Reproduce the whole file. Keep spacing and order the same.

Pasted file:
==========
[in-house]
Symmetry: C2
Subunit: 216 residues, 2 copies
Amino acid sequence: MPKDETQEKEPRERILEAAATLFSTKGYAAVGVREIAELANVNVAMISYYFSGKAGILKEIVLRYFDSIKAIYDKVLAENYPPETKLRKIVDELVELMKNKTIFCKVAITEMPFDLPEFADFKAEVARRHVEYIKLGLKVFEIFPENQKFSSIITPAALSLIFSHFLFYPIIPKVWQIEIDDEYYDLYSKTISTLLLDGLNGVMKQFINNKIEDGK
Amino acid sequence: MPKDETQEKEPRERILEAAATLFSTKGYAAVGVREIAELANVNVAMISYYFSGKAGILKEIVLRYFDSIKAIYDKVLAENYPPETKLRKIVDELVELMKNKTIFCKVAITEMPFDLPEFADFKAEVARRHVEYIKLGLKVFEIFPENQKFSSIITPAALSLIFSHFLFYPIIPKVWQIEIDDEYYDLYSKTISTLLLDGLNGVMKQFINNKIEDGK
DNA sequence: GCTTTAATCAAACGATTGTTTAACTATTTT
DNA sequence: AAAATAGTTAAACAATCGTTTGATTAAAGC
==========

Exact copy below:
[in-house]
Symmetry: C2
Subunit: 216 residues, 2 copies
Amino acid sequence: MPKDETQEKEPRERILEAAATLFSTKGYAAVGVREIAELANVNVAMISYYFSGKAGILKEIVLRYFDSIKAIYDKVLAENYPPETKLRKIVDELVELMKNKTIFCKVAITEMPFDLPEFADFKAEVARRHVEYIKLGLKVFEIFPENQKFSSIITPAALSLIFSHFLFYPIIPKVWQIEIDDEYYDLYSKTISTLLLDGLNGVMKQFINNKIEDGK
Amino acid sequence: MPKDETQEKEPRERILEAAATLFSTKGYAAVGVREIAELANVNVAMISYYFSGKAGILKEIVLRYFDSIKAIYDKVLAENYPPETKLRKIVDELVELMKNKTIFCKVAITEMPFDLPEFADFKAEVARRHVEYIKLGLKVFEIFPENQKFSSIITPAALSLIFSHFLFYPIIPKVWQIEIDDEYYDLYSKTISTLLLDGLNGVMKQFINNKIEDGK
DNA sequence: GCTTTAATCAAACGATTGTTTAACTATTTT
DNA sequence: AAAATAGTTAAACAATCGTTTGATTAAAGC